No further suspension cut for whistleblowing Turkish athlete
ISTANBULThe World Anti-Doping Agency (WADA) has turned down an application by Turkish runner Aslı Çakır Alptekin, a doping whistleblower who was suspended for four years, ending her hopes for a further reduction in her sentence and a chance to participate in the Rio Olympics.
WADA once again confirmed that Alptekin will only be permitted to begin competing in official events starting on Jan. 10, 2017, stating that her four-year ban would not be eased.
In January 2013, the IAAF charged the athlete with an anti-doping violation on the basis of her biological passport. She was cleared by the Turkish Athletic Federation’s (TAF) disciplinary board but that decision was later challenged by the IAAF, which took the case to the Court of Arbitration for Sport (CAS).
The CAS decided to strip her of the gold medals she won at the London Olympics and 2012 European Championships for doping while suspending her from competition for eight years. She had also been asked to return her medals, scores, points and monetary rewards she had gained since 2010.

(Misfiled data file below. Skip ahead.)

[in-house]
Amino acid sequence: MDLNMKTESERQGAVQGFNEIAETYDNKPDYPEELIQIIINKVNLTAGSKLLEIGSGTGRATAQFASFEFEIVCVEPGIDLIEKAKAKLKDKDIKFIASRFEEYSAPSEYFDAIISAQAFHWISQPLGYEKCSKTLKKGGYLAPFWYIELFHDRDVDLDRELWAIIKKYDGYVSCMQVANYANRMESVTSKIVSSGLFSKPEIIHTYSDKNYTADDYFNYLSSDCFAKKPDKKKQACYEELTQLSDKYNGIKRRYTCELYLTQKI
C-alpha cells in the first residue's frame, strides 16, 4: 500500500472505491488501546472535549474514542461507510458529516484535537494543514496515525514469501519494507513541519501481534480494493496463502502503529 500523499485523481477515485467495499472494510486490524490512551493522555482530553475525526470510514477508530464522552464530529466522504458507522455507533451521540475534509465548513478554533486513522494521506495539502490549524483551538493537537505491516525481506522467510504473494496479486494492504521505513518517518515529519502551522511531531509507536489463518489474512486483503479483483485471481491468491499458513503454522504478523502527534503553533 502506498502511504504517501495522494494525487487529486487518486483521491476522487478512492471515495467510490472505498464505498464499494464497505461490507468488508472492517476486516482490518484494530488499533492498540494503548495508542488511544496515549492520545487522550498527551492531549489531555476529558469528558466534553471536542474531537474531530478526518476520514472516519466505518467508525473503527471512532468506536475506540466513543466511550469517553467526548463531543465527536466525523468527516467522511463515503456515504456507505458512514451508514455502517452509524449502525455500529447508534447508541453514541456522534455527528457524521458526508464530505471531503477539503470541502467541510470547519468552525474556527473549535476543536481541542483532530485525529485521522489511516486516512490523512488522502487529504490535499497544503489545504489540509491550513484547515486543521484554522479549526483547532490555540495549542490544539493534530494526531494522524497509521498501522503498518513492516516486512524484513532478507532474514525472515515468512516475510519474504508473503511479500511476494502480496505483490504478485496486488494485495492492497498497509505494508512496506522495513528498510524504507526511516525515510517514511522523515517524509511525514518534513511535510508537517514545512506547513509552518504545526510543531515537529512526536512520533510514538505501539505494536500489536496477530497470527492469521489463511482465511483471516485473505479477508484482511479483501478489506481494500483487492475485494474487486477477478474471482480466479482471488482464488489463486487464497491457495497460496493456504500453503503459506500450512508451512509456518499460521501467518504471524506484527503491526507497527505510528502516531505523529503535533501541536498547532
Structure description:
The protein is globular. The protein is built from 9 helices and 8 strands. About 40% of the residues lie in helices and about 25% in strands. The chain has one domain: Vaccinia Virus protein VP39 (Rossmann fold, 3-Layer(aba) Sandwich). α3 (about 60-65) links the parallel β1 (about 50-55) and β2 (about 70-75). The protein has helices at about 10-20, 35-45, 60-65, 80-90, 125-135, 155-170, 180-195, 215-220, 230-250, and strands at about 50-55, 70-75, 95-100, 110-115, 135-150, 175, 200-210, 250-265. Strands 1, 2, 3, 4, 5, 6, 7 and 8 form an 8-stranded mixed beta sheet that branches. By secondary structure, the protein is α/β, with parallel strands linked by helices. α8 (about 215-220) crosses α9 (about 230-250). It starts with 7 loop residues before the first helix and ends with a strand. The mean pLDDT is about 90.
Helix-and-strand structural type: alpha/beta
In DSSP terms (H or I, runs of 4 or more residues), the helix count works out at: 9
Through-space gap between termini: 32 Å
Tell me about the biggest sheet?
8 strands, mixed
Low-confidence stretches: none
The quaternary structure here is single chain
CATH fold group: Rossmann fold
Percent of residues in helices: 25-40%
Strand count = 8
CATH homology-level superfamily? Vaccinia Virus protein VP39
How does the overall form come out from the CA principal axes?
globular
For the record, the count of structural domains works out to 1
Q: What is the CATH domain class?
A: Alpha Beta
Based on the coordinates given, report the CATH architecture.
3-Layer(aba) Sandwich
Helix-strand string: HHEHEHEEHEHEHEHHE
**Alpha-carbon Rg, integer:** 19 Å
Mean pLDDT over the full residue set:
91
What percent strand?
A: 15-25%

Alptekin was encouraged to bribe two sons of former International Association of Athletics Federations (IAAF) President Lamine Diack to whitewash her positive doping test in late 2012, according to a second report by WADA’s independent commission that was released on Jan. 14 this year and presented many other serious accusations about the sports’ former boss.
“Papa Massata Diack [PMD] and Khalil Diack [KD] breached the IAAF disciplinary code in approaching Alptekin to extort money. They also committed fraud by representing themselves as being able to cover up an ABP [Athlete Biological Passport] rule violation,” the report read.
The athlete and her husband and coach, İhsan Alptekin, requested a meeting with the two Diack brothers. Two representatives from her sports club, Istanbul’s Üsküdar Belediyespor, met with Papa Massat Diack in Monaco between Nov. 13 and 17, 2012, the report said.
“At the meeting PMD initially asked for 650,000 euros but by the end of the day had reduced the amount to 350,000 euros. Alptekin’s representatives said they could not pay and left the meeting,” it said.
Later, the CAS cut Alptekin’s suspension to four years, citing that she “provided precious information.”
This was followed by a cut by the Turkish federation, which said she could start racing as of July 5. However, she failed in an Olympic elimination 1,500-meter race that was especially organized for her.